- This is the only time James Taylor acted in a movie, apart from cameos as himself.  He is the only main character still alive today.

- Kris Kristofferson was the first choice for the role of  "The Driver" played by James Taylor.

- Laurie Bird debuted in Two Lane, and would only star in two more films including Cockfighter (1974) and Annie Hall (1977) before taking her own life in New York in 1979.

- A drummer in real life for the Beach Boys, Dennis Wilson gave his one and only acting performance in Two Lane.  He would die in a accidental drowning on December 28th, 1983 in Marina del Rey, California.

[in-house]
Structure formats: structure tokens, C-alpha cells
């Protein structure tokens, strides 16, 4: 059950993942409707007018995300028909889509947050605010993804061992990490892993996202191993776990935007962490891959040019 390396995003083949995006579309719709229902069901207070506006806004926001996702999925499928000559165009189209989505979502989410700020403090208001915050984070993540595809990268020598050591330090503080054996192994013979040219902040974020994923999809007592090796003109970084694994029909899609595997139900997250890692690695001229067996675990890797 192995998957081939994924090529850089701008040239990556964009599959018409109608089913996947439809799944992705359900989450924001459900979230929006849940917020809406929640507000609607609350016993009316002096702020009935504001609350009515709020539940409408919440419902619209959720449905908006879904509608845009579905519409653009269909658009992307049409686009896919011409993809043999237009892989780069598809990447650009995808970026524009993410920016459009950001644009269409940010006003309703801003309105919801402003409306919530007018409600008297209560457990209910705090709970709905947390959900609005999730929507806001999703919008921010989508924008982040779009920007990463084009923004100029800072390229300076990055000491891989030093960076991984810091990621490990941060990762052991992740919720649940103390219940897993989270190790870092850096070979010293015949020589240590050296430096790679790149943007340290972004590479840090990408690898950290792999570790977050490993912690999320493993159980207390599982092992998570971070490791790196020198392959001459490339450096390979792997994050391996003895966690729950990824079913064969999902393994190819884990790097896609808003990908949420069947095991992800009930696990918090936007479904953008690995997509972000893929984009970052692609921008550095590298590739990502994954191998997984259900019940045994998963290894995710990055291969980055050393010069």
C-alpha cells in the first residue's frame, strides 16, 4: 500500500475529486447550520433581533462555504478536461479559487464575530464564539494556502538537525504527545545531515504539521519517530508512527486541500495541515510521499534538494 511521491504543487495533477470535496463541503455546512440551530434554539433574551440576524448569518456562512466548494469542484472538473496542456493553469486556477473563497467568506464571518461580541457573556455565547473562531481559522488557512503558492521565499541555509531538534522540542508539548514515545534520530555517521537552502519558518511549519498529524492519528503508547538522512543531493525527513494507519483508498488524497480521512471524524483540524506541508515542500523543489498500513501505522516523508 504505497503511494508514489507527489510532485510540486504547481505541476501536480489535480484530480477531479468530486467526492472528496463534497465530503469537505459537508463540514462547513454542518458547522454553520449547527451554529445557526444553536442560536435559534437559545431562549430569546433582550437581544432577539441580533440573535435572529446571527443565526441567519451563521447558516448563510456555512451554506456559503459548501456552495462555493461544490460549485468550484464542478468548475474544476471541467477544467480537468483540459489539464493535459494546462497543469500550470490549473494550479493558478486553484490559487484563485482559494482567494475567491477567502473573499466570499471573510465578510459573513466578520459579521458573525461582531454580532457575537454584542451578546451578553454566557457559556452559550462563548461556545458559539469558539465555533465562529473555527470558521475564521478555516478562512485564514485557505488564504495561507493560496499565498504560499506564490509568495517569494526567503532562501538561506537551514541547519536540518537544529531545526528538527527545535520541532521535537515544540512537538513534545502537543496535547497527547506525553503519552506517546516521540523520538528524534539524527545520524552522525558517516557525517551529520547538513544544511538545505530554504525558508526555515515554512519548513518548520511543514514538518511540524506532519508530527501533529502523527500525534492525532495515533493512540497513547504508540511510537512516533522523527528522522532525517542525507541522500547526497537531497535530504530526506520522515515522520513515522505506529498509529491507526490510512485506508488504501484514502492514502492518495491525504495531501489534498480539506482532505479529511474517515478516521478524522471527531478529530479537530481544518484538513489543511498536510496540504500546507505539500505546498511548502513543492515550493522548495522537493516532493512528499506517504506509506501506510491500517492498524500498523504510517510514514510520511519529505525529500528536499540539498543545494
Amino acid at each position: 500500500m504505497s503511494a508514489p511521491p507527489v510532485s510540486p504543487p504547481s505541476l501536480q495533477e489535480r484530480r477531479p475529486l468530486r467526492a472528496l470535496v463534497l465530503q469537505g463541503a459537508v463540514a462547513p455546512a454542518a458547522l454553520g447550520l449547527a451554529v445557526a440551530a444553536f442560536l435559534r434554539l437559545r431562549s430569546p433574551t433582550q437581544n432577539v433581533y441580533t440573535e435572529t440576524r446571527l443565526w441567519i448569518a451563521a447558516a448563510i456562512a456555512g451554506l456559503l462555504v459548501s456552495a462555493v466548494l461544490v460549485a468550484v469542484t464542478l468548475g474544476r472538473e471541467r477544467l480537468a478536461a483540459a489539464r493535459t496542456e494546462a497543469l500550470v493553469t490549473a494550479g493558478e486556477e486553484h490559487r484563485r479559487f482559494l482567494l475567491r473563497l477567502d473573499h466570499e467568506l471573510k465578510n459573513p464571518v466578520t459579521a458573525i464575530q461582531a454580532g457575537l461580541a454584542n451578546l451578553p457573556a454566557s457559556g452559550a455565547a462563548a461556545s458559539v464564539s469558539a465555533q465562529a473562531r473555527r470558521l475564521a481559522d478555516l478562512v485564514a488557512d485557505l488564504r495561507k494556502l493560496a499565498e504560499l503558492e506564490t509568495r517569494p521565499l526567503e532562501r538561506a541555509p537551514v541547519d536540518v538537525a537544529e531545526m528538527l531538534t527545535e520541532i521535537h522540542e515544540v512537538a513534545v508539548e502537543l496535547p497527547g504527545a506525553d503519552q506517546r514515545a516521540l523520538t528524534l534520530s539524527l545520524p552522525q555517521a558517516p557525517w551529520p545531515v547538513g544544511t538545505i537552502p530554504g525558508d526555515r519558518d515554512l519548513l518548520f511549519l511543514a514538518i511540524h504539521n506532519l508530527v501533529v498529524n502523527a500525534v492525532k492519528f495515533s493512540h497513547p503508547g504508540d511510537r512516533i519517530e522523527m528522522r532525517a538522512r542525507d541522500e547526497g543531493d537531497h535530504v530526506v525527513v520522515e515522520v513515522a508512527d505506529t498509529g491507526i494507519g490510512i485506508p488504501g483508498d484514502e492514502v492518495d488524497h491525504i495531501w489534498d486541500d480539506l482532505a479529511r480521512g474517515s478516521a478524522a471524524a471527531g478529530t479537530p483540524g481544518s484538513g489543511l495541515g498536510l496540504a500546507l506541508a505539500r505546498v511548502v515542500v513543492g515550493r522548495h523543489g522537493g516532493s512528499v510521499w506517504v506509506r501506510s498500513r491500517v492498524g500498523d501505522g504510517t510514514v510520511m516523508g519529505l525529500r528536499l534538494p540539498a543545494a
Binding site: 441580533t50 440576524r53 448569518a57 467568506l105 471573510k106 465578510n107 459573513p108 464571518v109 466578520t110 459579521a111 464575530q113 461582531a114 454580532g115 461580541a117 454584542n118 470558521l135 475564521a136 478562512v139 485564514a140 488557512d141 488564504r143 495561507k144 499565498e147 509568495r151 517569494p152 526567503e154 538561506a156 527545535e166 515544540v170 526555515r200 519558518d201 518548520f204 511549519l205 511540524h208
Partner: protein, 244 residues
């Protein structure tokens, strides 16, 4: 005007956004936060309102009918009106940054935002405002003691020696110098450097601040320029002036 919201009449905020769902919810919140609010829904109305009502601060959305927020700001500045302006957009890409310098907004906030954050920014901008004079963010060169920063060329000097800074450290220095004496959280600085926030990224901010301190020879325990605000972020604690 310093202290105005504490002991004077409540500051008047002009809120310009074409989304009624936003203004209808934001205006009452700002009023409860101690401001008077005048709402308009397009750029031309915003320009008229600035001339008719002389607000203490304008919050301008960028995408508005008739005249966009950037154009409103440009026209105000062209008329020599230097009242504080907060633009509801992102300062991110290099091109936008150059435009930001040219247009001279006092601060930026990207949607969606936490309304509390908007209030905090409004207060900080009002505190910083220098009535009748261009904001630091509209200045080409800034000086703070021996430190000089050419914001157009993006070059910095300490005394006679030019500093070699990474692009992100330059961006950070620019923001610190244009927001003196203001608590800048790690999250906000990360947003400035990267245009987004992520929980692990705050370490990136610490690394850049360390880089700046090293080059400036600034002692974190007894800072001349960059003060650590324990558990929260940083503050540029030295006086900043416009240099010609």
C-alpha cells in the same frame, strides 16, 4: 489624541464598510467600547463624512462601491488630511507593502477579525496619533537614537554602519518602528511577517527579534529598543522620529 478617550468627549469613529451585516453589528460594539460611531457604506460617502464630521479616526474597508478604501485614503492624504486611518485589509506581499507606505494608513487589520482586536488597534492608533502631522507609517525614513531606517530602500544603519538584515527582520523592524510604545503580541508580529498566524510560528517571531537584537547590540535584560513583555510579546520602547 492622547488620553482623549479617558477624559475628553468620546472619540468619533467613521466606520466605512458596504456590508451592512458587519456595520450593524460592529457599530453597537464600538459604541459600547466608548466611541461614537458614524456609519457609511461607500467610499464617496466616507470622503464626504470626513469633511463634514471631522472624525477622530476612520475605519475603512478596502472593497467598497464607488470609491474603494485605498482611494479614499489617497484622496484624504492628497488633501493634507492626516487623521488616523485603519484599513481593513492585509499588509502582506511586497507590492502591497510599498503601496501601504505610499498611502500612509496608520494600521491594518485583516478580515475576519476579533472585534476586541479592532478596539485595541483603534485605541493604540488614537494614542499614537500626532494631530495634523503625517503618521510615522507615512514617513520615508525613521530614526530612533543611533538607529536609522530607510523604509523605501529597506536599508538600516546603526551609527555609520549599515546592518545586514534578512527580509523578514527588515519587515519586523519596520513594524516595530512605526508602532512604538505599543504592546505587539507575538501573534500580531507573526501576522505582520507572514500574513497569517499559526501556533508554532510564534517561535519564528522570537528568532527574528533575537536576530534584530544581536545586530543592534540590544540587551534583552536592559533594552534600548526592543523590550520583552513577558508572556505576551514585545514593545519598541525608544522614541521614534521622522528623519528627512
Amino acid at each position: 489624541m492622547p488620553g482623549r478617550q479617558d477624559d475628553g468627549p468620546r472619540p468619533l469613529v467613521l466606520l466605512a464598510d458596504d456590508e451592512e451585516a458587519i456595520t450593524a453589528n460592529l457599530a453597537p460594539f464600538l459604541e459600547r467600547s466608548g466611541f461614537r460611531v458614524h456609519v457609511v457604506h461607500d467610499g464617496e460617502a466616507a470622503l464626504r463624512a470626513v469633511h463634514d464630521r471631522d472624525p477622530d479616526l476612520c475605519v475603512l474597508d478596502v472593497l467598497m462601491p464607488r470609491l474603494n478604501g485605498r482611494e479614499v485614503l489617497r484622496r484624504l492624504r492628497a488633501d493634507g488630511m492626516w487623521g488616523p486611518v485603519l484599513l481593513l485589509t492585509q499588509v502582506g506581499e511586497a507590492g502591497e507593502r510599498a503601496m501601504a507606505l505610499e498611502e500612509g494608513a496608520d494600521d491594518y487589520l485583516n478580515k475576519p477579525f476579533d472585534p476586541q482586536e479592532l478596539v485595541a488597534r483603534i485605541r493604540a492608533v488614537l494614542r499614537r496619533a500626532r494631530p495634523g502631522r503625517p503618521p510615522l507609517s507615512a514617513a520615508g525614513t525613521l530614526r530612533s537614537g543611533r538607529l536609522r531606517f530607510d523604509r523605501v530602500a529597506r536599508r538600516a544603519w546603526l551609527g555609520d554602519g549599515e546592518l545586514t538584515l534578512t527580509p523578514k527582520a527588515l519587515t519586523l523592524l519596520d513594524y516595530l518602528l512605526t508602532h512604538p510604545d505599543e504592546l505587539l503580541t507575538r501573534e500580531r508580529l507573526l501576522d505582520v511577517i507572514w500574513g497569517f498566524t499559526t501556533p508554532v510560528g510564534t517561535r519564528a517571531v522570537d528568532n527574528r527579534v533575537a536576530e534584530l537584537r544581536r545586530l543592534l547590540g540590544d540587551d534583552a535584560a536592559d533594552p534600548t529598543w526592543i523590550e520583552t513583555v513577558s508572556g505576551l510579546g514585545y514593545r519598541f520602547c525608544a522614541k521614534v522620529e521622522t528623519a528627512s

- In one of the notable lines of the movie, while trying to get a street race at the local hangout, the local hot rod driver says "Let's Make It 50" and James Taylor playing  'The Driver' responds "Make it three yards Mother#$%@# and we'll have an auto - MO - bile race"

- Warren Oates who played GTO, was never destined to be a traditional leading man, but remained an in demand character player in Hollywood up until his sudden death from a heart attack on April 3, 1982 at age 53.